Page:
A landmark project is applying technology normally used to discover stars to orangutan conservation, by putting the space tech onto drones to count the numbers of apes in the wild.
Operating in Borneo, the approach uses drones fitted with thermal imaging cameras that are normally used by astronomers to spot stars. These are able to fly above the Bornean forest canopy at any time of the day or night, and identify orangutans from their heat signatures.
In initial tests it has proved to be significantly more efficient than traditional approaches to monitoring orangutan numbers, which involve counting the animal’s tree-based nests from the ground.
Over the course of two days, the researchers were able to spot 41 orangutans across 28 flights, which were confirmed by observers in the ground.
Harnessing technology for orangutan conservation
The project is the result of a collaboration between astrophysicists, conservationists and ecologists at Liverpool John Moores University, the World Wide Fund for Nature (WWF) and Hutan Kinabatangan Orangutan Conservation Program (HUTAN).
The focus on counting the apes is important, because having accurate numbers is vital to ongoing orangutan conservation.
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“All orangutan species are critically endangered and monitoring their numbers is crucial for their conservation,” explained Professor Serge Wich, Liverpool John Moores University’s expert in primate behavioural ecology.
Turning to space to find great apes
While using heat signatures to identify the animals may seem obvious, in reality it is extremely difficult to accurately pinpoint orangutans amongst the dense environment, which is why the use of technology normally applied to stars has proved so effective.
“We tested the technology on orangutans in the dense tropical rainforest of Sabah in Malaysia. In thermal images, animals shine in a similar way to stars and galaxies, so we used techniques from astronomy to detect and distinguish them,” explained Dr Claire Burke, an astro-ecologist at Liverpool John Moores University.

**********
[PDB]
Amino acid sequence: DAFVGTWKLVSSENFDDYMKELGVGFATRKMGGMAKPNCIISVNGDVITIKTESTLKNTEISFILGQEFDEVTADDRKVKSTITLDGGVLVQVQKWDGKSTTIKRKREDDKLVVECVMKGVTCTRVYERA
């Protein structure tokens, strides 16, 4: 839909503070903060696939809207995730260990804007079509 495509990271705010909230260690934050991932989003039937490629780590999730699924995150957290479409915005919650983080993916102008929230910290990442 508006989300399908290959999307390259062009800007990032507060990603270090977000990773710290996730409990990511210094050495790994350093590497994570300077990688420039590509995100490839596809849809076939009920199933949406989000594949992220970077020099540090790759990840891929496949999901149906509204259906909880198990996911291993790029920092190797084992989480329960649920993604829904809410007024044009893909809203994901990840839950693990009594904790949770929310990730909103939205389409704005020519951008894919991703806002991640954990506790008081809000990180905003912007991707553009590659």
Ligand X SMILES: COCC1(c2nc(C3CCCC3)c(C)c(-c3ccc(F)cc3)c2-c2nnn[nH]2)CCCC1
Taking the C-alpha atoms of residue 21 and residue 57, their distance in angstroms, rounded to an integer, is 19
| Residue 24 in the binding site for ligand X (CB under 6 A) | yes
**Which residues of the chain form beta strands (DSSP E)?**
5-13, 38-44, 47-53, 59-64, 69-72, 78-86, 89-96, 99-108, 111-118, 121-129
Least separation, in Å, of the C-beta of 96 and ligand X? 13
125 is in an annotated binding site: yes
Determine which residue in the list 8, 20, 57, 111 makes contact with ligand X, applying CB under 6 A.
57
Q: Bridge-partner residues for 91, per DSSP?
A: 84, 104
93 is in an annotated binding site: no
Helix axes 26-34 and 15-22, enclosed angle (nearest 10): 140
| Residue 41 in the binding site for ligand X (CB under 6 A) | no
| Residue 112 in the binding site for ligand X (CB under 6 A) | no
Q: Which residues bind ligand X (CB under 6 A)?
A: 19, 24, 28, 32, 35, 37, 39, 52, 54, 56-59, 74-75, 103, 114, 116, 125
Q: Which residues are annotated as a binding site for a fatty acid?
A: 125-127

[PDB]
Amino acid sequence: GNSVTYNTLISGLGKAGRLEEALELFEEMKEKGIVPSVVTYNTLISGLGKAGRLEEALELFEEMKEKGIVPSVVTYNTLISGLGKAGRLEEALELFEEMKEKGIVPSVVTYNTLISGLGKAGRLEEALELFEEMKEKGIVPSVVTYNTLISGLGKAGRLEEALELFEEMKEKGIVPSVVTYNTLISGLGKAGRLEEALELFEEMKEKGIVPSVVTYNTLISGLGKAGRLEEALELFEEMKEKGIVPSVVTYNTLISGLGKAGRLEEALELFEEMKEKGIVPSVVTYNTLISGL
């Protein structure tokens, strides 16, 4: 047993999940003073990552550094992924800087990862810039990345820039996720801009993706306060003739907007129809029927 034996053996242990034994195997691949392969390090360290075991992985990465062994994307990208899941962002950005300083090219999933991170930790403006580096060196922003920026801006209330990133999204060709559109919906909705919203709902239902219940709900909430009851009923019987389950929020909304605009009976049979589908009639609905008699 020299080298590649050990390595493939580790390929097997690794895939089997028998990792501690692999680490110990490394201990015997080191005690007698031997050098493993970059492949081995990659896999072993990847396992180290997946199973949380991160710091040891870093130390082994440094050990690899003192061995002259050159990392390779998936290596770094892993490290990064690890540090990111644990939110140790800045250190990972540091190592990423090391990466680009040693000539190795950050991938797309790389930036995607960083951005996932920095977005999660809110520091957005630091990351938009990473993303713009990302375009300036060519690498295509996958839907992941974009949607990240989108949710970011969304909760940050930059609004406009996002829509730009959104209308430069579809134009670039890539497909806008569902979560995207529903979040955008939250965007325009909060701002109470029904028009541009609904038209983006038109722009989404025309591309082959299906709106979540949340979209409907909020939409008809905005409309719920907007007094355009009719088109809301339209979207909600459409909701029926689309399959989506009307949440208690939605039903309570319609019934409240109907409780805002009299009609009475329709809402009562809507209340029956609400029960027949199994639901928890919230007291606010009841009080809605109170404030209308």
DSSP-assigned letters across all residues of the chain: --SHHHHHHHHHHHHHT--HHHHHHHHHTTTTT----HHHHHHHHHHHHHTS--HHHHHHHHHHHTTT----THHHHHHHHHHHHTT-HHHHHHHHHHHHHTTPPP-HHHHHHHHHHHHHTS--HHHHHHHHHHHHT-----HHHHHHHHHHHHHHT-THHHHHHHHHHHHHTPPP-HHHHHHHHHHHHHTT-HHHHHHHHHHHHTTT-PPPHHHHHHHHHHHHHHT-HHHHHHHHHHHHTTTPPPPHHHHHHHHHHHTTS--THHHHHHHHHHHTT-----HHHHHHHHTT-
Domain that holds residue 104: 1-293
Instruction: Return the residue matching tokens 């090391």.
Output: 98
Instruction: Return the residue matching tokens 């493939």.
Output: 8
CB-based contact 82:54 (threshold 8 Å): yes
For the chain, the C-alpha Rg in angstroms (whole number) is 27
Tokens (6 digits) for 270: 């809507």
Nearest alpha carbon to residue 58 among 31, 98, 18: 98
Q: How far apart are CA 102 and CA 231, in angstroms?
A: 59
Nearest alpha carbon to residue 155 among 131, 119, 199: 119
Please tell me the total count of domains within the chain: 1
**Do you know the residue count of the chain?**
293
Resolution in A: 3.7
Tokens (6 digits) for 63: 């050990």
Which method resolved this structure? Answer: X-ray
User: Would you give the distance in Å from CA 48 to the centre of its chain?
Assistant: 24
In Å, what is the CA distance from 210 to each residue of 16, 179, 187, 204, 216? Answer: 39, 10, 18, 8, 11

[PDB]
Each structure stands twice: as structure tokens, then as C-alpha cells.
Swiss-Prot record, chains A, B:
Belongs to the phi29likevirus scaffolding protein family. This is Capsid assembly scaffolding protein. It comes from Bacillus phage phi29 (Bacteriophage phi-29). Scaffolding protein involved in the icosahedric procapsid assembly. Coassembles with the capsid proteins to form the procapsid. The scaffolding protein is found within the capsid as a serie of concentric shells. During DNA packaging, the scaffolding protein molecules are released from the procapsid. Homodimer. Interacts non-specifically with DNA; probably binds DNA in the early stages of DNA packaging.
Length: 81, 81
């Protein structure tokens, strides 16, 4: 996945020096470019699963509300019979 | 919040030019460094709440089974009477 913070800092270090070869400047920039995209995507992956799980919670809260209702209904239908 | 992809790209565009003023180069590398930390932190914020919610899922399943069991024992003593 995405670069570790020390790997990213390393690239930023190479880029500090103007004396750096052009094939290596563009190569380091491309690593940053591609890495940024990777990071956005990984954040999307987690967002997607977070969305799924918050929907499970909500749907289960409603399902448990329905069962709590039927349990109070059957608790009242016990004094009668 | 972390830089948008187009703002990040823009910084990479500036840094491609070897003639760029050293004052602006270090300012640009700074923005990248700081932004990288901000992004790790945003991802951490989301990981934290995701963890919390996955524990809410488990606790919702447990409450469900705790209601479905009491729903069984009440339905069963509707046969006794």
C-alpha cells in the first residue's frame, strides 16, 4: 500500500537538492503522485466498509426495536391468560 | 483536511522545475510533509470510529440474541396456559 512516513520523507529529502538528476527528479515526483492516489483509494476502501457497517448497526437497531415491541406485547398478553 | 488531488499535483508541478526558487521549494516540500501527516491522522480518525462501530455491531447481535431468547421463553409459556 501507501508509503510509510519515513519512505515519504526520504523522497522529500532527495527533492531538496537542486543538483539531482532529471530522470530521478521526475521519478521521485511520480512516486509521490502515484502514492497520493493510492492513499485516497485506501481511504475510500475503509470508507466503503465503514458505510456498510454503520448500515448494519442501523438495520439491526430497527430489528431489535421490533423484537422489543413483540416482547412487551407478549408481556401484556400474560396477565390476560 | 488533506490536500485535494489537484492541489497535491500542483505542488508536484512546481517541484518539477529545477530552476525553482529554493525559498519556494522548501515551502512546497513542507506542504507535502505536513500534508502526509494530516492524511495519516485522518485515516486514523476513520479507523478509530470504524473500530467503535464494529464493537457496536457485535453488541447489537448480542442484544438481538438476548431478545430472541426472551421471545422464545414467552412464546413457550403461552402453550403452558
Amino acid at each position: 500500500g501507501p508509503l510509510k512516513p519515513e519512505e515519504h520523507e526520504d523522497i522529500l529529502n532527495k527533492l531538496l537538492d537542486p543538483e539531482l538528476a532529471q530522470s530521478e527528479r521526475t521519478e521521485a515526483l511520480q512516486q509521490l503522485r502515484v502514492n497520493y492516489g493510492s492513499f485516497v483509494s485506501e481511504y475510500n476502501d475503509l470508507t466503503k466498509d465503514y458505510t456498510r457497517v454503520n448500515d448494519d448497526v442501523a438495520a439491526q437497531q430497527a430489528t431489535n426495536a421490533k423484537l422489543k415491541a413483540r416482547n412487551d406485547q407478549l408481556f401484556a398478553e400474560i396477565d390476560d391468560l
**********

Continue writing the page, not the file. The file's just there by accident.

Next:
“We were not sure at all whether this would work, but with the thermal-infrared camera we could see the orangutans quite clearly because of their body heat, even during fog or at night.”
The researchers found that the most effective time to perform the drone flyovers was between 7pm and 9am local times, when the heat signatures were more pronounced.
“The biggest difficulties occur when the temperature of the ground is very similar to that of the animal we are trying to detect, so the images from morning or evening flights are more reliable,” added Burke.
“Absolute surface temperatures cannot be used to differentiate species as animal body temperatures change with that of their environment.”
Beyond orangutan conservation
While the project, which will be presented at the Unifying Tropical Ecology conference today, focused on the technology’s potential for orangutan conservation, it could prove highly effective for other endangered species.
The researchers also were able to identify a group of proboscis monkeys during the trial, which they could differentiate due to their size difference with orangutans, as well as a number of pygmy elephants.
“In the future, we hope to be able to track, distinguish and monitor large numbers of different species of animals in real time, all around the globe, so that this technology can be used to make a real impact on conservation and stop poaching before it happens”,” said Burke.